Selected Cases on the Law of Property in Land

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William Albert Finch
Baker, Voorhis, 1904 - 1355 pages

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Page 853 - * * * it is a rule in law, when the ancestor by any gift or conveyance takes an estate of freehold, and in the same gift or conveyance an estate is limited either mediately or immediately to his heirs in fee or in tail; that always in such cases, 'the heirs' are words of limitation of the estate, and not words of purchase.
Page 422 - Cartwright and her assigns for and during the term of her natural life, and from and immediately after her decease to...
Page 36 - ... or upon any agreement that is not to be performed within the space of one year from the making thereof; unless the agreement upon which such action shall be brought, or some memorandum or note thereof, shall be in writing and signed by the party to be charged therewith or some other person thereunto...
Page 760 - But when the party by his own contract creates a duty or charge upon himself, he is bound to make it good, if he may, notwithstanding any accident by inevitable necessity, because he might have provided against it by his contract.
Page 279 - The intention of the party making the annexation, to make the article a permanent accession to the freehold — this intention being inferred from the nature of the article affixed, the relation and situation of the party making the annexation, the structure and mode of annexation, and the purpose or use for which the annexation has been made.
Page 452 - ... all the lands whereof her husband was seized, of all estate of inheritance at any time during the marriage, unless she is lawfully barred thereof.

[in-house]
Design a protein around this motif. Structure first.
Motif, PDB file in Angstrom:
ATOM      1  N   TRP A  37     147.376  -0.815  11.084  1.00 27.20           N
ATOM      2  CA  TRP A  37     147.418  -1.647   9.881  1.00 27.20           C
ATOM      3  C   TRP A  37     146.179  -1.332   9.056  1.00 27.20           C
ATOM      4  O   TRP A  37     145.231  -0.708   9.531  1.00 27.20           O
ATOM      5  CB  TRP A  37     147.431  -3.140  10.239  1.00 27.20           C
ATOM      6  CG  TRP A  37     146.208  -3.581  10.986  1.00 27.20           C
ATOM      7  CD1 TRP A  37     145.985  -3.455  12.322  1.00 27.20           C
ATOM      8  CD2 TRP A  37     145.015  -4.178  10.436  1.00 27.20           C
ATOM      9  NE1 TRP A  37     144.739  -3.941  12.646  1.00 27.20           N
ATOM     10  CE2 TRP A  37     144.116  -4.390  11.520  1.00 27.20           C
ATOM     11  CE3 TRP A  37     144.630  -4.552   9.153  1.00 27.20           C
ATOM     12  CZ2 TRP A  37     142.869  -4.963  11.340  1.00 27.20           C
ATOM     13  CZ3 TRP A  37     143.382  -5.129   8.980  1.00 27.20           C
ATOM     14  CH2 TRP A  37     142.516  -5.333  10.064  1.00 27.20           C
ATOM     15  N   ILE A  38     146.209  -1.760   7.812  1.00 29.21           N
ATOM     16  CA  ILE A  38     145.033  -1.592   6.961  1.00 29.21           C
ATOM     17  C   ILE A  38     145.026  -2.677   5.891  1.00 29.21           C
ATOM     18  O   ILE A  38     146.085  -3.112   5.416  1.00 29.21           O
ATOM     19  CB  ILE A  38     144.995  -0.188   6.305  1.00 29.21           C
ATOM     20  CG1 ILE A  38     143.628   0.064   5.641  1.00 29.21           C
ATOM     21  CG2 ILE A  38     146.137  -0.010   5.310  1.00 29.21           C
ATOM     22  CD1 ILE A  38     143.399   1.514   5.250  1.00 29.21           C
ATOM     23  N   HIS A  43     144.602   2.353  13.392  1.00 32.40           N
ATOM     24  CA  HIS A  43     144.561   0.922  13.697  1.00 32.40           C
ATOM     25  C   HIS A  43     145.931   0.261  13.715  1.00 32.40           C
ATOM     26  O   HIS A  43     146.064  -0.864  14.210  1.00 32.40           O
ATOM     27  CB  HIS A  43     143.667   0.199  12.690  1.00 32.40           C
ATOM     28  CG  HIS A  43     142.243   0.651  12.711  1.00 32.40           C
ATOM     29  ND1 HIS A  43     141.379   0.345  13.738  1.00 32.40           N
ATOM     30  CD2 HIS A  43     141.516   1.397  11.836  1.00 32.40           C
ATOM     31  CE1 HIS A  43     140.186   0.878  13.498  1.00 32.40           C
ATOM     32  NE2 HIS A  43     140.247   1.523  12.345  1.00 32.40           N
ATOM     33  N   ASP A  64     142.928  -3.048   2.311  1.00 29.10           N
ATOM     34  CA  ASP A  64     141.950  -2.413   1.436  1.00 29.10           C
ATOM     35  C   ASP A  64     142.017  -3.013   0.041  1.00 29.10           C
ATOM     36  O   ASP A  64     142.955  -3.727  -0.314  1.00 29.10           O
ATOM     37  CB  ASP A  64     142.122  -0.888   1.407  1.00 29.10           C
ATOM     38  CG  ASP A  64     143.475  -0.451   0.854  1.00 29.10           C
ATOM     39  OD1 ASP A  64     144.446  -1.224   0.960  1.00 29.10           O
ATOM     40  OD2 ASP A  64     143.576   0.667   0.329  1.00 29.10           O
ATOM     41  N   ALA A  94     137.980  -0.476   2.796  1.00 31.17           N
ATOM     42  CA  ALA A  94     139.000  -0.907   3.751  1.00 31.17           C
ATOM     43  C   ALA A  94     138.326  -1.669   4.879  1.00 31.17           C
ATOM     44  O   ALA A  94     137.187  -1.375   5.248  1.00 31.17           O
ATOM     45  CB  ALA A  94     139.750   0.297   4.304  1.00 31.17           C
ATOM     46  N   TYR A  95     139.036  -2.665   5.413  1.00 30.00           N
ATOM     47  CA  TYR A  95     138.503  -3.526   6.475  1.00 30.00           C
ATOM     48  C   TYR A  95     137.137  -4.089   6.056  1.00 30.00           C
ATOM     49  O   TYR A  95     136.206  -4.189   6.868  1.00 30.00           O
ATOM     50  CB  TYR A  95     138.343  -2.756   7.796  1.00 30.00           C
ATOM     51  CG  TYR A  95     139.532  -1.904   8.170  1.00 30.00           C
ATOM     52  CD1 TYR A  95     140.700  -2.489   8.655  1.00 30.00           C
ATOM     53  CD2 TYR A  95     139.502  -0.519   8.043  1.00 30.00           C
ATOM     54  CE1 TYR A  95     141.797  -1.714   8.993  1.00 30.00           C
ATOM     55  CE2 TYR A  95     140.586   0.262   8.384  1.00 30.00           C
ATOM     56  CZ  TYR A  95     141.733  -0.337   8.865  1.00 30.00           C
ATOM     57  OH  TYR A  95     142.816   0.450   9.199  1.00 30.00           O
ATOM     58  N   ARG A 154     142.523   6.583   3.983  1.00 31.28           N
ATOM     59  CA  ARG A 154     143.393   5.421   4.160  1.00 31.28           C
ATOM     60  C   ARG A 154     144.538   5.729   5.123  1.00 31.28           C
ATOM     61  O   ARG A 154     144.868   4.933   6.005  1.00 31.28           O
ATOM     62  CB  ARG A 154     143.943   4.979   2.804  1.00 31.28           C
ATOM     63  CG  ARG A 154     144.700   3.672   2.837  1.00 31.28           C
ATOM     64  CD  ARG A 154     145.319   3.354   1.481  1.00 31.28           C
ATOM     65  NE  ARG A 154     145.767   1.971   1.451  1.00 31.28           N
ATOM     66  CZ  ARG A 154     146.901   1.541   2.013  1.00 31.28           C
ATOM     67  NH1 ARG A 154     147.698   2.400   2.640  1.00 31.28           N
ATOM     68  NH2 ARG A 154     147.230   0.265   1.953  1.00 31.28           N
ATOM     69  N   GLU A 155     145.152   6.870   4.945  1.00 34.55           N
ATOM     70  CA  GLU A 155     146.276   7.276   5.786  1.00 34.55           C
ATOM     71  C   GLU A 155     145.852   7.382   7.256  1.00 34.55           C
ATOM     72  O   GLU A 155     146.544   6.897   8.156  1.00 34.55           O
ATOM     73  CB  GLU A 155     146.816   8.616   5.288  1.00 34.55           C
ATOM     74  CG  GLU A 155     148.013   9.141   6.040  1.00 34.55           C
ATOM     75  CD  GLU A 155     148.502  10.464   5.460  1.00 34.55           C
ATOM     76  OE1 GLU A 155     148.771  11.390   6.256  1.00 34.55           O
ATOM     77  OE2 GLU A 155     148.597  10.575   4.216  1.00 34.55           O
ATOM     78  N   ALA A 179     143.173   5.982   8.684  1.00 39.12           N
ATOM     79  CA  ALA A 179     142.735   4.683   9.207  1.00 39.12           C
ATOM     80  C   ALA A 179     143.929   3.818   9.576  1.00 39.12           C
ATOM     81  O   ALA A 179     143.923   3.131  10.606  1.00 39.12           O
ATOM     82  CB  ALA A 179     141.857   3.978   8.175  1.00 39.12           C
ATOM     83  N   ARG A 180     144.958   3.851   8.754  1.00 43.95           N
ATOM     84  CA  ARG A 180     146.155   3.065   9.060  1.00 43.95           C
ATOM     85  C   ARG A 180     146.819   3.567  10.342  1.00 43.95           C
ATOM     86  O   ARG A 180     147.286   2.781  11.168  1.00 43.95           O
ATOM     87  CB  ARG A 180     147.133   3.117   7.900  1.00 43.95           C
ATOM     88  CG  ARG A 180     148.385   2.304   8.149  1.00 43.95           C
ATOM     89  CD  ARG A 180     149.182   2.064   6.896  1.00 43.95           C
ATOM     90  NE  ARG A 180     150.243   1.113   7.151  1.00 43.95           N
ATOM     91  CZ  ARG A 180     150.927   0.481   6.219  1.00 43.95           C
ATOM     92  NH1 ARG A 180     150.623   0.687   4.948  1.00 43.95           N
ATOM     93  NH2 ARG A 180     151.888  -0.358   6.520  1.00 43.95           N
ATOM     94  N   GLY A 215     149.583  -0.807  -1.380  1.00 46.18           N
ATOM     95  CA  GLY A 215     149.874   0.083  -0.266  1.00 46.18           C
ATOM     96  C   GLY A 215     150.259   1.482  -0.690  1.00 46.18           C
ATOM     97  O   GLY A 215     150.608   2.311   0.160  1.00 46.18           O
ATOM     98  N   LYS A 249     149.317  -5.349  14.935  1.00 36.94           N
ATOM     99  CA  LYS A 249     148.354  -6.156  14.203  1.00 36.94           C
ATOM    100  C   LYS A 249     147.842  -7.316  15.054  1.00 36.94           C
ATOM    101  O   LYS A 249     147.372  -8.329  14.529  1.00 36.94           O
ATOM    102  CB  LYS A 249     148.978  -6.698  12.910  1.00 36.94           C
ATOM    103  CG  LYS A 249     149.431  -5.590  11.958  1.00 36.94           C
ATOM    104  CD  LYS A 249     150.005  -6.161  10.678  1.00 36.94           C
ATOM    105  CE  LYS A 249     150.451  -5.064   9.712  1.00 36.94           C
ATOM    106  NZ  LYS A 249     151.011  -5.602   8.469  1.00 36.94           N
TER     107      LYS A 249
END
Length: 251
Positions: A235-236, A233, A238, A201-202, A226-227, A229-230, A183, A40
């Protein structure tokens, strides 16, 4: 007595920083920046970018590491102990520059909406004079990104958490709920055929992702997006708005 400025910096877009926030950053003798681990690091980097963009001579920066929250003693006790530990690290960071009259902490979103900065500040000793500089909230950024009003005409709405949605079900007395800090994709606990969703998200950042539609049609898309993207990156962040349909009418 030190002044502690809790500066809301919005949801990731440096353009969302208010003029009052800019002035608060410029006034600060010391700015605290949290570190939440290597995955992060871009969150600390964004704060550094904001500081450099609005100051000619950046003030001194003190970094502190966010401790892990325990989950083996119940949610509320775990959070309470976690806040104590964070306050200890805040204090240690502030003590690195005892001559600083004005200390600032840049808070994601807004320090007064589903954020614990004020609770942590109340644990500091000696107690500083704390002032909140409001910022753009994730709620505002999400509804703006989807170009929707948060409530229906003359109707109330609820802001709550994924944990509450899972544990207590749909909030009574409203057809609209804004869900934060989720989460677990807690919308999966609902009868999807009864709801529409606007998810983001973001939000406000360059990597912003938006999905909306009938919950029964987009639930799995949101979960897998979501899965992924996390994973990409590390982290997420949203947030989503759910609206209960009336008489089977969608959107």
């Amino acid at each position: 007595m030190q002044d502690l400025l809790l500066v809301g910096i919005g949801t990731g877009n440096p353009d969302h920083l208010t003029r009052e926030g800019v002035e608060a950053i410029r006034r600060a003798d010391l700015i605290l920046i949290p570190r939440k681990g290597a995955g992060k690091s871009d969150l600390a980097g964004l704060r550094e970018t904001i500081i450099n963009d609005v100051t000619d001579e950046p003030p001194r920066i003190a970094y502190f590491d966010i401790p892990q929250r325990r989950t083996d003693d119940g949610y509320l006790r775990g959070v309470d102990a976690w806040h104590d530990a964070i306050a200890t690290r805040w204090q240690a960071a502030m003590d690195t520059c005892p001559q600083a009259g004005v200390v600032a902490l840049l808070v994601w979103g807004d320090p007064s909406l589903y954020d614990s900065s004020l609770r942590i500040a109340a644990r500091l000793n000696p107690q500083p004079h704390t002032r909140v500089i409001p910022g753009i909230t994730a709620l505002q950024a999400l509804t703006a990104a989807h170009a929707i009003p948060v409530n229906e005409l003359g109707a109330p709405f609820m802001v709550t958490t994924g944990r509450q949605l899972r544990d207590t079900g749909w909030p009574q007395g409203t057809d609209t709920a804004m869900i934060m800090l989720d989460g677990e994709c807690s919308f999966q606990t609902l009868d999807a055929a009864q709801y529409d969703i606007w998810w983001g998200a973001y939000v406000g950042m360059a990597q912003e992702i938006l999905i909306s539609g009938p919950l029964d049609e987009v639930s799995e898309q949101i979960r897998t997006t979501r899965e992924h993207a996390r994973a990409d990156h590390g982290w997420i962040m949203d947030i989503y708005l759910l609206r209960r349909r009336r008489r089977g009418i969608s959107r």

Page 313 - The common law of England is not to be taken, in all respects, to be that of America. Our ancestors brought with them its general principles, and claimed it as their birthright; but they brought with them and adopted only that portion which was applicable to their condition.
Page 271 - Application to the use or purpose to which that part of the realty with which it is connected is appropriated. 3. The intention of the party making the annexation to make a permanent accession to the freehold.
Page 325 - The rule to be collected from the several cases decided on this subject seems to be this, that the tenant's right to remove fixtures continues during his original term, and during such further period of possession by him, as he holds the premises under a right still to consider himself as tenant.
Page 371 - In common with animals, and unlike other minerals, they have the power and the tendency to escape without the volition of the owner. Their 'fugitive and wandering existence within the limits of a particular tract is uncertain,' as said by Chief Justice Agnew in Brown v.

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